Floating Exchange Rates: Unworkable and Dishonest [goldseek.com]


By Keith Weiner

Milton Friedman was a proponent of so-called “floating” exchange rates between the various irredeemable paper currencies that he promoted as the proper monetary system.  Many have noted that the currencies do not “float”; they sink at differing rates, sometimes one is sinking faster and then another. This article focuses on something else.

Under gold, a nation or an individual cannot sustain a deficit forever.  A deficit is when one consumes more than one produces.  One has a negative cash flow, and eventually one runs out of money.  The economy of a household or a national is therefore subject to discipline—sooner or later.

Friedman asserted that floating exchange rates would impose the same kind of forces on a nation to balance its exports and imports.  He claimed that if a nation ran a deficit, that this would cause its currency to fall in value relative to the other currencies.  And this drop would tend to reverse the deficits as the country would find it expensive to import and buyers would find its goods cheap to import.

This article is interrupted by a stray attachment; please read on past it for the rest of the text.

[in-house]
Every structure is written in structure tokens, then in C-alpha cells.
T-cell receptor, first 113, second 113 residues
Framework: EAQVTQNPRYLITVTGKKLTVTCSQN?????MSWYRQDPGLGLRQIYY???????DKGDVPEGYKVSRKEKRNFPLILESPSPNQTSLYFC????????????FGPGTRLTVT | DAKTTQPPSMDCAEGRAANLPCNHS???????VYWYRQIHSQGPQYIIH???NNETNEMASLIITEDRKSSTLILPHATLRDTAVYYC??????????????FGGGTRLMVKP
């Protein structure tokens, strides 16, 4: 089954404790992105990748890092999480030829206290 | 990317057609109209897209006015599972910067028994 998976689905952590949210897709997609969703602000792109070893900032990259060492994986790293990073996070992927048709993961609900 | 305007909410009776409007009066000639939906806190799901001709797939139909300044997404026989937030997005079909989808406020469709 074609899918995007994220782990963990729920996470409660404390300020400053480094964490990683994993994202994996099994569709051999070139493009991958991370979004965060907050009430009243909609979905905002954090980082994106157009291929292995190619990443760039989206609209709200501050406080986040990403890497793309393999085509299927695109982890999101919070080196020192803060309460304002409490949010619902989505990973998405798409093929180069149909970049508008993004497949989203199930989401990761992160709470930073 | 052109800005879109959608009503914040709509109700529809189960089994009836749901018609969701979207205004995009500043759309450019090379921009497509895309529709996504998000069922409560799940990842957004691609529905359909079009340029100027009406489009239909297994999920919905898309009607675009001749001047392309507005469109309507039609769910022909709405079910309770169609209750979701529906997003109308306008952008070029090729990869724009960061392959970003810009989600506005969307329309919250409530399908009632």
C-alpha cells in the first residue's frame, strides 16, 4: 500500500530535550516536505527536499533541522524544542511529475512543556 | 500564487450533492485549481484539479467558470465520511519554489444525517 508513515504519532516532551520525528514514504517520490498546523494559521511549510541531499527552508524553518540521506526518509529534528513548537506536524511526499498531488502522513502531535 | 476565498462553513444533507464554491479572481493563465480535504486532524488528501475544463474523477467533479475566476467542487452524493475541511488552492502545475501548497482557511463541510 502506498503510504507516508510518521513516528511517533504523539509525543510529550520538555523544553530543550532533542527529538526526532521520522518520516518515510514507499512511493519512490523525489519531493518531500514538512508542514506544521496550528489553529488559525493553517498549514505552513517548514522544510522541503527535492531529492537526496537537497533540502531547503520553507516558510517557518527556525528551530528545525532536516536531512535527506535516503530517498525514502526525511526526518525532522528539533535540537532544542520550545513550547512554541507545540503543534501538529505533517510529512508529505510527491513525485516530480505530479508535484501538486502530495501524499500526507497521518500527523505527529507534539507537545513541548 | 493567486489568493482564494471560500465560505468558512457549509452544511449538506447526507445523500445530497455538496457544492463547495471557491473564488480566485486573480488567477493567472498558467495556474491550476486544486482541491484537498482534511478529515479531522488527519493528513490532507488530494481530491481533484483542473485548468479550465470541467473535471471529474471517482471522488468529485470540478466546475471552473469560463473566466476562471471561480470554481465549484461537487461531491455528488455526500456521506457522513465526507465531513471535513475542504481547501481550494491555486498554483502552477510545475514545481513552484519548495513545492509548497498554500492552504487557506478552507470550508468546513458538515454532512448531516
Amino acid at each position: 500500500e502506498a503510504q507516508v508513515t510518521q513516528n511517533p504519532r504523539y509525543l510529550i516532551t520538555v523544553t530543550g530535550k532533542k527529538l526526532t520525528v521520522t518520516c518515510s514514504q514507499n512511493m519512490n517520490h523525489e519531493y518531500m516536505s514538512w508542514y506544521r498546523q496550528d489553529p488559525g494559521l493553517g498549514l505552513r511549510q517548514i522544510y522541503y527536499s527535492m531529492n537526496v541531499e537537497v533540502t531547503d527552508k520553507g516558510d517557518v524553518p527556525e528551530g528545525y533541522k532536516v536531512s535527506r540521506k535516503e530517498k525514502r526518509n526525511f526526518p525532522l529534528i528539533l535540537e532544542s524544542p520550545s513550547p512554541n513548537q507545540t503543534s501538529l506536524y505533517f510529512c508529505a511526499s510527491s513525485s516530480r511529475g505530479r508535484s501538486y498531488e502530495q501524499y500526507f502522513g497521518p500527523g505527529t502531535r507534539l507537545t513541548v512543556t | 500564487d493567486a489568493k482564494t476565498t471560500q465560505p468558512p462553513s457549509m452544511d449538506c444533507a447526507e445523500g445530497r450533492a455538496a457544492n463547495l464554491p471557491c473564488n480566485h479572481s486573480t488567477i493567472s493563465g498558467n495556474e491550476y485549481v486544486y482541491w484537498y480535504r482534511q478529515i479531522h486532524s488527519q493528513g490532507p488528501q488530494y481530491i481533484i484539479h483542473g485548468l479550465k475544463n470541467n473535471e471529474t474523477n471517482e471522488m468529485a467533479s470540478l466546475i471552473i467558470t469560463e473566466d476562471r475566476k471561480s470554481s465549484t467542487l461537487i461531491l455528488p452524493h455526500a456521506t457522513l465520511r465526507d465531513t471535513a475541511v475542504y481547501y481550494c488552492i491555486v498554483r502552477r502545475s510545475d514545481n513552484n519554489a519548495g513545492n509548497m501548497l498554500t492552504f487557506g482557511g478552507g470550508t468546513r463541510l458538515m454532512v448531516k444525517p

Friedman was wrong.

To see why, one must look at the concept known to economists as “Terms of Trade”.  This phrase refers to the quantity of goods that can be purchased with the proceeds of the goods exported.  For example, country X uses the xyz currency.  It exports xyz1000 worth of goods and it can thereby pay for xyz1000 worth of imports.  But what happens if the xyz drops relative to the currency’s of X’s trading partners, because X is running a trade deficit?

The country exports the same goods as before, but they are now worth less on the export market.  So X can pay for fewer goods than before.  Buying the same amount of goods will result in a larger deficit.

At this point, one may be tempted to say “Ahah, Friedman was right!”  But remember, we are not talking about a gold standard.  We are talking about an irredeemable paper money system.  Money is borrowed into existence. Looking at the trade deficit from the perspective of Terms of Trade, we see that trade deficits lead to budget deficits, which leads to a falling currency, which leads to increased trade deficits.  It is not a negative feedback loop, which is self-limited and self-correcting.  It is a positive feedback loop.

There is no particular limit to this vicious cycle until the country in question accumulates so much debt that buyers refuse to come to its bond auctions. And this is not a correction or a reversal of the trend; it is the utter destruction of the currency and the wealth of the people who are forced to use it.

And, of course, Friedman had to be aware that America was likely to be biggest trade deficit runner in the world.  Its currency, the dollar, was (and is) the world’s reserve currency.  That means that every central bank in the world held dollars as the asset, and pyramided credit in their own currencies on top of the dollars.

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